That’s the headline from an article in the HBR Blog Network (a service of the Harvard Business Review), one that has application to industrial sales. To find the article Click Here.
The writer, Rafi Mohammed, asks, “Suppose you own a hardware store. There’s been a heavy snowfall throughout the night and you know the moment your store opens at 8AM, the limited supply of snow shovels will sell out. Should you raise your price?”
The article was written following the recent storm that hit Boston. It reminded me about one of the stories that occurred during the famous “Blizzard of ‘77” in Western New York. The storm hit on a Friday in late January, 1977 and paralyzed the entire area. All roads were closed by government edict and, anyway, they were impassable.
On Sunday, Bob McCloud, one of the salesmen for our distributorship, Ward Beals, got a call from his largest account, Bethlehem Steel, who had a large plant south of Buffalo. They needed shovels, lots of shovels. They explained to Bob that they had emergency approval to be on the roads, and a large truck that could handle the impassable conditions. A crew from Bethlehem picked Bob up at his home and went to our Buffalo warehouse. They took every shovel, pick, hoe, rake, scoop, and broom that we had in stock.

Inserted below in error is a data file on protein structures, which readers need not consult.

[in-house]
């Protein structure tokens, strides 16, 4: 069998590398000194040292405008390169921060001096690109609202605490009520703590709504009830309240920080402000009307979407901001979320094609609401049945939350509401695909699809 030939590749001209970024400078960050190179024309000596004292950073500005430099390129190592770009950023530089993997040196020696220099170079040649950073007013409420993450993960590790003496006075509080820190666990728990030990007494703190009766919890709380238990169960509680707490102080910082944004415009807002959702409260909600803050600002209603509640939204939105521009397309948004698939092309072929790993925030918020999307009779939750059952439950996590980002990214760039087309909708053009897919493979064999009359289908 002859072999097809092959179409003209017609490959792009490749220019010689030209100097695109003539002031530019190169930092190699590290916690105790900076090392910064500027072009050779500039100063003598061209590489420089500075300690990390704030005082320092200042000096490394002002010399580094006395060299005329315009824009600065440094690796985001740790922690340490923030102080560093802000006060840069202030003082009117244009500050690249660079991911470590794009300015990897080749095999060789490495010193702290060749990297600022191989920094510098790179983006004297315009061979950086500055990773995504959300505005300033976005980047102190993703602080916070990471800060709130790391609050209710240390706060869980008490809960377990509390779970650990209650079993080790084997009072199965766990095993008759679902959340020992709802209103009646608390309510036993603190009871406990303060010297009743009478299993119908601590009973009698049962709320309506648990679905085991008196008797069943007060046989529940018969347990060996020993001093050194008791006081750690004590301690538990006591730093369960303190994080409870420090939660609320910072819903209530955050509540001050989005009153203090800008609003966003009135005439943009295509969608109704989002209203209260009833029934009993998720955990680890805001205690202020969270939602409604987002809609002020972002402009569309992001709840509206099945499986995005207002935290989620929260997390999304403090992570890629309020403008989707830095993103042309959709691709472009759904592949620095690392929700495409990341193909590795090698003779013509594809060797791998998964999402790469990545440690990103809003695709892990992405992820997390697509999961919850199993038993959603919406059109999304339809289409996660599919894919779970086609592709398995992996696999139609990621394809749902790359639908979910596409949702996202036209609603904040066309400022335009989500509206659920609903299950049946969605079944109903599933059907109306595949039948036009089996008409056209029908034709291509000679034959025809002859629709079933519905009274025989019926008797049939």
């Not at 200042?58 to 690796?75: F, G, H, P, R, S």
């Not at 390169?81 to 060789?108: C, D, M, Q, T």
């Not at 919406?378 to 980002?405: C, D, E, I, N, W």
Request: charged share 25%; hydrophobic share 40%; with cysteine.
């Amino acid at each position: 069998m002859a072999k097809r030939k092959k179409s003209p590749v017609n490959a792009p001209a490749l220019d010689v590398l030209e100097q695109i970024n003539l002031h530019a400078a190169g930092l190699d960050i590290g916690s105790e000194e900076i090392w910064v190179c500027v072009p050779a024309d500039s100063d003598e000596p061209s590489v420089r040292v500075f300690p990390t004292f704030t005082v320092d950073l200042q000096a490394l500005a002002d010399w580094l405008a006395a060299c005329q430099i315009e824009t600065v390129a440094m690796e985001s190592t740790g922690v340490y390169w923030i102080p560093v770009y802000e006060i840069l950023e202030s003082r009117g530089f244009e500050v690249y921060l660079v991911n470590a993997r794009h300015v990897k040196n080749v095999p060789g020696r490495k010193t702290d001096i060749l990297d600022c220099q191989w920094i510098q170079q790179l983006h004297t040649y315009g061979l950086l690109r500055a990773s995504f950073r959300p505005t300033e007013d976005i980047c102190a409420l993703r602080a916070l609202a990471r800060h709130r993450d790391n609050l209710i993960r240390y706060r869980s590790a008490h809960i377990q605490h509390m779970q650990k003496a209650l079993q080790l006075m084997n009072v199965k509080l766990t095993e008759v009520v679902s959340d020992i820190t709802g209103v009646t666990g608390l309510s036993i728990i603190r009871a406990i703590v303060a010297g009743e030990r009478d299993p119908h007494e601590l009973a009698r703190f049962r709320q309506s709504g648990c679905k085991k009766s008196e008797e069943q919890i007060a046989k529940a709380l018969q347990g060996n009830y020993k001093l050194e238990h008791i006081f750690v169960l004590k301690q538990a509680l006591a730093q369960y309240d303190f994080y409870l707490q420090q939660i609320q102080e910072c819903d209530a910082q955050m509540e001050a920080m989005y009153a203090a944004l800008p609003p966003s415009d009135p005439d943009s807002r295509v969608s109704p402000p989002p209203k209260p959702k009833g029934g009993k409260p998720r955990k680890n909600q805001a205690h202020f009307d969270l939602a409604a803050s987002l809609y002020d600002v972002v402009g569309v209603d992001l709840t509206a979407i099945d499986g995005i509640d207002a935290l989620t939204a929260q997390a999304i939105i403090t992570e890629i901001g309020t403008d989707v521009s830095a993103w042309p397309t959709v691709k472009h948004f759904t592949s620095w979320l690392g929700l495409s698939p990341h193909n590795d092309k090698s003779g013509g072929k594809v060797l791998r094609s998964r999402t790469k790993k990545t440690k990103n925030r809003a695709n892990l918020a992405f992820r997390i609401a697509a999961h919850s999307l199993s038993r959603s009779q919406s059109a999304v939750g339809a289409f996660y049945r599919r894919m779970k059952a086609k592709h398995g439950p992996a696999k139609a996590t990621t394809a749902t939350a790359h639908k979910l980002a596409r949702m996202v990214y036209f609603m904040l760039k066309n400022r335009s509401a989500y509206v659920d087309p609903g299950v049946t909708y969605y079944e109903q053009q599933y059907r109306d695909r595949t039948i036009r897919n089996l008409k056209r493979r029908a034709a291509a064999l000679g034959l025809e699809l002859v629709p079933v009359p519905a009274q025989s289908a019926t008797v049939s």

Rather than take the time to count and list each item on a packing list, Bob just wrote “one lot of shovels and brooms”. Since they took every piece in stock we just used our inventory records to create an invoice. We got a “fair” price for the shovels based on our contract with Bethlehem. But do you know what the real benefit was? I’m sure you can guess….. we got rid of lots of very dead inventory!!
One other quick “blizzard” story. On Monday a few of us made it to our office – most businesses were still closed. A good customer purchasing agent called, he was the only one working at his plant, and he gave us a long list of items to price. So with nothing else to do we priced up the quote and called him back. When we finished giving him the prices he gave us a purchase order number saying “nobody else answered the phone, so you have the order”.
In thinking about these stories, I can see how the Core Values that NetPlus articulated late last year played a role in my early business career – just a couple that come to mind: “Be Nimble”, “Be the Best”, and “Do the Right Things, Right”.